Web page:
Ancient posts "new" since my last visit?

New bug or I just never noticed it before. Today there are a lot of ancient posts that are shown as new/unread since my last visit three days ago. The date of my supposed “last visit” is different in different threads. There are not actually any new posts.

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I think I know what’s going on. My “last visit” is set to how far down I scrolled when I looked at the thread. One more thing that’s hideous about Discourse…

You should have been around during the Yahoo days. You think Discourse is bad? (You’re crazy for thinking that in the first place) but yahoo was neigh unusable.

Also Discourse is 1. Free and 2. open source. You are more than welcome to go and make improvements for them.


Yes, Discourse is outrageously awful. Both of its main issues are classic examples of “just because you can, doesn’t mean you should.” Continuous scrolling breaks the browser’s scroll bar. Classic pagination is still peak UX. And updating the browser URL with the comment number as you scroll breaks bookmarks. It used to intercept Ctrl-F, which was also terrible, but it doesn’t anymore… at least not in Chrome. Of course, that means that if a comment isn’t loaded, Ctrl-F won’t find it.

Discourse is one of the top forum software in the world, its lead developer Jeff Atwood is the creator of a little known website known as Stack Overflow and considered an eminence both in software writing and the discussion software arena. I assume by your standards that’s awful too?

Dude, you seem to always come around and criticize everything, your opinion is always that you can do better. When you have a problem with everything the problem isn’t everything else , the problem is you.

We don’t force you to stick around if you hate it here so much there’s the door. Come back and let us know when you’ve re-written Epicor better, or created a better forum software.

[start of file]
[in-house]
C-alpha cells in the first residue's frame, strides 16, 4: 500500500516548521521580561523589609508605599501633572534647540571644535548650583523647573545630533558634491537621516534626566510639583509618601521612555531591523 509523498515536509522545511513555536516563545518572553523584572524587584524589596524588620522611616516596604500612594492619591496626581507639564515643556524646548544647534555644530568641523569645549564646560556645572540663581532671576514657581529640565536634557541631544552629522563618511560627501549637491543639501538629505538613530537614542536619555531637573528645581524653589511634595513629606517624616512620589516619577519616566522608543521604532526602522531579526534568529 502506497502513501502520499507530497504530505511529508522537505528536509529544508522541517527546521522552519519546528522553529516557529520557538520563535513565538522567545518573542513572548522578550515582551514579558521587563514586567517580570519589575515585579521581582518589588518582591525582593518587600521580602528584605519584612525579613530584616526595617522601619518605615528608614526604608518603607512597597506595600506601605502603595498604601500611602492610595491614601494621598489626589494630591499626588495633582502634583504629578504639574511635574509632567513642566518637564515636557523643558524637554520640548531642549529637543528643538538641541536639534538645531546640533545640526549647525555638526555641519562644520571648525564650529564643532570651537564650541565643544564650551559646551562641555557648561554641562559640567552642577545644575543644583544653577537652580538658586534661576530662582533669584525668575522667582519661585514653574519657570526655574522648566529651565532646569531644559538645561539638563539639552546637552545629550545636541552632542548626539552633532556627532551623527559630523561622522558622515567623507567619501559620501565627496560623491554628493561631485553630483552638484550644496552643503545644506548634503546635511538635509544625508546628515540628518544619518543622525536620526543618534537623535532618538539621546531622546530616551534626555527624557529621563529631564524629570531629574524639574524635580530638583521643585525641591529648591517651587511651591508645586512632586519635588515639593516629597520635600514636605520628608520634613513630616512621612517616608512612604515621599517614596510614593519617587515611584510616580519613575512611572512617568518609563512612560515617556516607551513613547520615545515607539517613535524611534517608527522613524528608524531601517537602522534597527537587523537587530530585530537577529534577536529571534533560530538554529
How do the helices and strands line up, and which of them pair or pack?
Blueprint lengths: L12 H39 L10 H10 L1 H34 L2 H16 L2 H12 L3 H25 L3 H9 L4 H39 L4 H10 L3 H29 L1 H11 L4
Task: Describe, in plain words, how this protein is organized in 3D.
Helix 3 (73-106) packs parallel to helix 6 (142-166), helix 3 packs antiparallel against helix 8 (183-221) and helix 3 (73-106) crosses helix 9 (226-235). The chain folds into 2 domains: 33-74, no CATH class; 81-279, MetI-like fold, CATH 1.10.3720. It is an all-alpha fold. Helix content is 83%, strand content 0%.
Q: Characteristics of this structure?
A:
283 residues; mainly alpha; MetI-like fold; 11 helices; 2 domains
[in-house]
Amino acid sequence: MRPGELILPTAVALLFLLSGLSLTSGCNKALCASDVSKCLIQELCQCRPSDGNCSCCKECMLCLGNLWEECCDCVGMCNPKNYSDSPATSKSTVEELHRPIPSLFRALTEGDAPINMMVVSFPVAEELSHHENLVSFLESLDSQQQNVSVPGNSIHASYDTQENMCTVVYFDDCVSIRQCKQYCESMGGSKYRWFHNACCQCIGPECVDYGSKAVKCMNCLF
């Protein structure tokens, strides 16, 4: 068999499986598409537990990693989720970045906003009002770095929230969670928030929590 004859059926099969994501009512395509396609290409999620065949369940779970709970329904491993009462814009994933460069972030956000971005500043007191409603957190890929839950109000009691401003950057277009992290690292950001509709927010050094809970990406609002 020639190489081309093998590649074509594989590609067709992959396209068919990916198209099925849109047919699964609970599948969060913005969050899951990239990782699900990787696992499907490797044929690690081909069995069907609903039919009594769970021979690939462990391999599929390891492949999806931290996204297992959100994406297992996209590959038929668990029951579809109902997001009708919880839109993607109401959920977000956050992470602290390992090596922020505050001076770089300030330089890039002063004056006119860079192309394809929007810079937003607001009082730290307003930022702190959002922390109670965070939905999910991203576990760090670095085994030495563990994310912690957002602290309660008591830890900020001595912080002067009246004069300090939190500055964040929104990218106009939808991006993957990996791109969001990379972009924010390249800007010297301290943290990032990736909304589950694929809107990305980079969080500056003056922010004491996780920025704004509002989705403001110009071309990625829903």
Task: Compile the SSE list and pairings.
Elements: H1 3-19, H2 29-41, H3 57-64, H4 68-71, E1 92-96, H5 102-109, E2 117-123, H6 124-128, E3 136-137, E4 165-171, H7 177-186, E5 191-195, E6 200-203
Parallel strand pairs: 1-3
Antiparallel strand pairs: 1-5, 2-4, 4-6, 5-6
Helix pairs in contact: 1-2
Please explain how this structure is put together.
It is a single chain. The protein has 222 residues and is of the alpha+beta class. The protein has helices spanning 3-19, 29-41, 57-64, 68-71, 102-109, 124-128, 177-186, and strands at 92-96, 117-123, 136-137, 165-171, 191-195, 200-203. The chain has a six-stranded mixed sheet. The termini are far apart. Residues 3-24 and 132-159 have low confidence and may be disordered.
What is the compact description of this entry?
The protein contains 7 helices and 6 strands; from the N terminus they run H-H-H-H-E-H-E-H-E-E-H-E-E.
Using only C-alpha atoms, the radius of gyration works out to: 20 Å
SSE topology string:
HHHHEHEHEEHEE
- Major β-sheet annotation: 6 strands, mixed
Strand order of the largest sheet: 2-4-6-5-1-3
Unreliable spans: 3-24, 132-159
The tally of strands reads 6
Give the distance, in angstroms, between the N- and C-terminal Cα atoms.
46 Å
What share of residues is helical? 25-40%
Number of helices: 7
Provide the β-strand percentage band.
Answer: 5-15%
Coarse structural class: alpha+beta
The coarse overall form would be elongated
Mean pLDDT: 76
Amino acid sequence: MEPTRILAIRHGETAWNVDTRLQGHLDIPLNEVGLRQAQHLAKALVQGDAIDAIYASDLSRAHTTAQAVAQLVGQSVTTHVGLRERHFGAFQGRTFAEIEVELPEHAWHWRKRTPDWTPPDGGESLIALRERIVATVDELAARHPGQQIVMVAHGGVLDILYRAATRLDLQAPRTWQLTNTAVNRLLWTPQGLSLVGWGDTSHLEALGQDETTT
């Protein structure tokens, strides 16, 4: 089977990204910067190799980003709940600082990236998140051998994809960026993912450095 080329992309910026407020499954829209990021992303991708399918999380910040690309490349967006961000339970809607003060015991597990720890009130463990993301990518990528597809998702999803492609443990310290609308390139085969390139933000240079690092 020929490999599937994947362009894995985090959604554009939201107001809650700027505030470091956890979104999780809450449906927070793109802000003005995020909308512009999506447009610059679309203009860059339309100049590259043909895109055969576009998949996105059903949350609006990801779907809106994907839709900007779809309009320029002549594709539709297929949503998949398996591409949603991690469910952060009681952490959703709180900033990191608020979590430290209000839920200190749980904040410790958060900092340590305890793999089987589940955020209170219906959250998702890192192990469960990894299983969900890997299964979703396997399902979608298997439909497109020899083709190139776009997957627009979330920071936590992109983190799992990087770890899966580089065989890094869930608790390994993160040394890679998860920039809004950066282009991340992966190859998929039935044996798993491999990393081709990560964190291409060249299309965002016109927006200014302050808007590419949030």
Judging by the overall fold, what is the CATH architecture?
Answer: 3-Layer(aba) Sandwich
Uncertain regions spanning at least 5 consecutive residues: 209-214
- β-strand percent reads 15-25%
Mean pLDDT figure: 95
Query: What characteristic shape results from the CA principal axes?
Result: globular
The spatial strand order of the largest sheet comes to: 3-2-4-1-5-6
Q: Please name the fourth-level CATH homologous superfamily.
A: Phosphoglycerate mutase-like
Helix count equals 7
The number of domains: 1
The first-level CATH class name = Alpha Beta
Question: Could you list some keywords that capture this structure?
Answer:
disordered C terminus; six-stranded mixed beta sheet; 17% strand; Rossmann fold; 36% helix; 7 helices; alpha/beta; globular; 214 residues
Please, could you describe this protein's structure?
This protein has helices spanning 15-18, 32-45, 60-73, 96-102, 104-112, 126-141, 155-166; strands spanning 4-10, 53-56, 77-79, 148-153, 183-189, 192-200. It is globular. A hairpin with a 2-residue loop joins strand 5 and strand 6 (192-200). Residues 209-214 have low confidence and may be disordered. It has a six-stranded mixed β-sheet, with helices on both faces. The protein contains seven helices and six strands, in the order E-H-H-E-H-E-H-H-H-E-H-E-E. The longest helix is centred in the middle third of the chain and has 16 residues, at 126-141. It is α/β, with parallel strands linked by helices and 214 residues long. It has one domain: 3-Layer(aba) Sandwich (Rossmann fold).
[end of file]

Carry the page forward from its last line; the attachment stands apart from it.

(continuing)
Yes, SO is pretty wretched. That opinion is shared by a lot of developers, perhaps even a majority since 2019.

My world view is that Sturgeon’s Law is true and explains everything. The name and history of Sturgeon’s Law is proof that this attitude isn’t uniquely mine. And I know my expectations are realistic because there are plenty of things that meet and exceed them.

I’m literally planning to spend a year writing a better ERP system.

Better get to it. You’re wasting time here.

And my world view is that The Dunning–Kruger effect is a better concept to get yourself familiar with and understand. :wink:



Think whatever you want. I judge my abilities by the tangible results I get and the praise I get for them.

So… I got a little chuckle out of the sniping here. All in good fun I hope. But I have a genuine question. If subscribing to Stergeons Law - would that not inherit a requirement, on a conscious level, to effectively ignore 90% of the “tangible results and praise” as crap or at least as something akin to noise in the signal? Effectively meaning that, by Stergeons Law, you are only ACTUALLY 10% as good as you think?


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And I thought I was a crank with high expectations ! :rofl:

I’d be scared to buy you Christmas presents, I might accidentally ruin your life.


You make an important point. There’s a feedback loop there that helps explain how everything remains crap in a market-based economy.

Real world example: “Hey, can you make this report faster?” The report is joining tables without including Company, so it’s not using indexes. Adding Company to the joins makes it 30x faster right off the bat. This means that all the people who wrote and maintained it before me were not even operating on a read-one-book level of competence with SQL. And these are people with advanced degrees in computer science.

So I get praised for fixing it by people who have no idea what I fixed, but I have to take that praise with a grain of salt. In the minds of the people praising me, the people who created the problem are still just average, decent employees, not the frauds I view them as. And this leads to how I view myself.

I’m not actually great. I should just be average. I’m only relatively great because the processes for education and hiring are a disastrous failure industry wide. But again, I know my standards are realistic because of the examples of things I consider great: Sun Microsystems in the '90s, Google around 2010, Microsoft’s C# and .NET Core teams (but not their MSBuild team…)